Of course, there is one team a bit behind the curve here. The Texas Rangers, your defending American League champs, still have a whopping seven guys in the mix for two spots. If a decision is made to start Neftali Feliz, one that seems increasingly likely with each passing day, that narrows the field to six guys for one spot. Those six: Derek Holland, Matt Harrison, Michael Kirkman, Alexi Ogando, Dave Bush and Eric Hurley. (Fort Worth Star-Telegram )
THE PROFESSOR: Of the two nicknames you see listed for Greg Maddux on baseball-reference.com, I always preferred "the Professor," even though it's nowhere near mainstream. He was so much more cerebral than his opposition, seemingly getting guys out just with his mind. Thus, it's only fitting he's passing along some knowledge to Cashner in Cubs camp as a special assistant. His latest nugget? "Walks are overrated." It's not surprising, coming from a guy who probably never walked someone by accident in his prime. Those who remember watching him in the mid-90s are nodding in agreement. You could feel when Maddux was walking someone on purpose; otherwise it didn't happen. Oh, and if Maddux's wisdom isn't enough, Kerry Wood has also taken Cashner under his wing. (Chicago Tribune )
RUSSELL THE MUSCLE: Hey, someone has to fill the void left by Mark Reynolds -- both in terms of power and strikeouts. Despite his lackluster defense -- which is reportedly a concern for manager Kirk Gibson -- Russell Branyan is turning heads by killing the ball this spring, to the tune of a 1.274 OPS. And don't scoff. While Branyan has a bad batting average and strikeout issues, his career OPS-plus is 115 and he averages 31 home runs over the course of 162 games. He need only hold off Juan Miranda and once-big prospect Brandon Allen. (MLB.com )
NO WORRIES: Clayton Kershaw was torched Tuesday by the Rangers, but Dodgers manager Don Mattingly isn't worried about his likely ace. Nor should he be, considering it's only the spring and Kershaw entered the game with a 0.00 ERA through 11 1/3 innings. (Los Angeles Times )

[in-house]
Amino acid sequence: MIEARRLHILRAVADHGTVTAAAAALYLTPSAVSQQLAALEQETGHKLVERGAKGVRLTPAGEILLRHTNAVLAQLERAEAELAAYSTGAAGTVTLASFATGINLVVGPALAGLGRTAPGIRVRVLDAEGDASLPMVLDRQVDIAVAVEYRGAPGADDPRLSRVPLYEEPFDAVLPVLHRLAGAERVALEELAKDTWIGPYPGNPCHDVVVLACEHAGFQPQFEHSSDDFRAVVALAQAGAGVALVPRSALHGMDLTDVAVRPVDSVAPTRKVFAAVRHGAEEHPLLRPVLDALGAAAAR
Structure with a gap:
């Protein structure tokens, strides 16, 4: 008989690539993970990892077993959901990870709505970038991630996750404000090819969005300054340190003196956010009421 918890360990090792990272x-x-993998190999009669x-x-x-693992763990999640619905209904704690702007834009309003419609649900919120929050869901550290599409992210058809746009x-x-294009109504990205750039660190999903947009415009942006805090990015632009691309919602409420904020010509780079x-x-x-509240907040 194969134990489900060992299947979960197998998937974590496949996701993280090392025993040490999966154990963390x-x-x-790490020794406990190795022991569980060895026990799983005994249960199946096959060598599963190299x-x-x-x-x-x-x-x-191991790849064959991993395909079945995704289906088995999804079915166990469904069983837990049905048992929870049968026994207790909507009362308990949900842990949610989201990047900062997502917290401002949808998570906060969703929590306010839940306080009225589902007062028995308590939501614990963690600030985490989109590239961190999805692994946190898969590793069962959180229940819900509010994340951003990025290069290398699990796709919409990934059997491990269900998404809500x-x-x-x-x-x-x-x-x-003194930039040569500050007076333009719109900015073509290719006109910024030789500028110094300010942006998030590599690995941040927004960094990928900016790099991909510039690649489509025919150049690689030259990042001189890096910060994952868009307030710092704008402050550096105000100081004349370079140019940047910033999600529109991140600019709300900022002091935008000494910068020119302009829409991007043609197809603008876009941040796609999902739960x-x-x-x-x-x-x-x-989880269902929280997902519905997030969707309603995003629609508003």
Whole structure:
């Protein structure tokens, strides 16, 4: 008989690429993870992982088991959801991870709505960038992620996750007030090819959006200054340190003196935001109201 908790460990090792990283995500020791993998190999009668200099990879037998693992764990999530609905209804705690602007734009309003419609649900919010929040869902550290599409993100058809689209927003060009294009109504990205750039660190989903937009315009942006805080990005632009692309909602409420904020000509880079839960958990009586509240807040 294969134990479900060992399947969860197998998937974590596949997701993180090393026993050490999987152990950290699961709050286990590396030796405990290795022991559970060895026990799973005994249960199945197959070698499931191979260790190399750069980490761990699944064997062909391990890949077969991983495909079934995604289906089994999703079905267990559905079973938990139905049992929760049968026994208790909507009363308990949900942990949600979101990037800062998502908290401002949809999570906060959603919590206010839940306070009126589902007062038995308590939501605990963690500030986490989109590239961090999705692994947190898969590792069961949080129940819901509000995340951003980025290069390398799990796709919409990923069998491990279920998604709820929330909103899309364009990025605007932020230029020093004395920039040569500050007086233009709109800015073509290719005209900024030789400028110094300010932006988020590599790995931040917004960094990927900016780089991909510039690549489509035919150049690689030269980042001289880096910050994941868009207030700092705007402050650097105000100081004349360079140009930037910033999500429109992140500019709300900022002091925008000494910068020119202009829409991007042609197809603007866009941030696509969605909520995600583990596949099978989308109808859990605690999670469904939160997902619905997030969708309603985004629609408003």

SWITCHBACK: Prior to the ALDS last year, the rules for the dreaded catwalk at Tropicana Field were altered, but now those rules are reverting back to where they were in the regular season of 2010. Check out the complete list on St. Petersburg Times .
GETTING GRADY BACK: Sunday could be the day. Grady Sizemore hasn't seen game action in about 10 months, but reportedly he has a real shot to play Sunday. Obviously huge news for the Tribe. (Cleveland.com )
KEEPING DICE-K: There's been a lot of talk about the Red Sox trading Daisuke Matsuzaka of late. Peter Abraham of the Boston Globe makes a good case to fans that Dice-K is actually a pretty average major-league pitcher and that, as the fifth starter, that's really all the team needs. Put the absurd salary aside and just enjoy the good Red Sox team, he pleads. I tend to agree. (Boston Globe )
For more baseball news, rumors and analysis, follow @cbssportsmlb on Twitter or subscribe to the RSS feed.
Tags: AL Central, AL East, AL West, Alexi Ogando, Andrew Cashner, Athletics, Brandon McCarthy, Brewers, Cardinals, Clayton Kershaw, Cubs, Daisuke Matsuzaka, Dave Bush, Derek Holland, Diamondbacks, Dodgers, Eric Hurley, Esmil Rogers, Grady Sizemore, Greg Maddux, Indians, John Maine, Kerry Wood, Kyle McClellan, Mariners, Mark Rogers, Matt Harrison, Michael Kirkman, Michael Pineda, Neftali Feliz, NL Central, NL Central, NL West, NL West, Randy Wells, Rangers, Rays, Red Sox, Rockies, Russell Branyan, Wily Peralta
Posted on: March 15, 2011 2:04 pm
By Matt Snyder
Shortly following the injury to ace Zack Greinke, the Brewers seemed to indicate Mark Rogers was the front-runner to take the temporary gig as their No. 5 starting pitcher.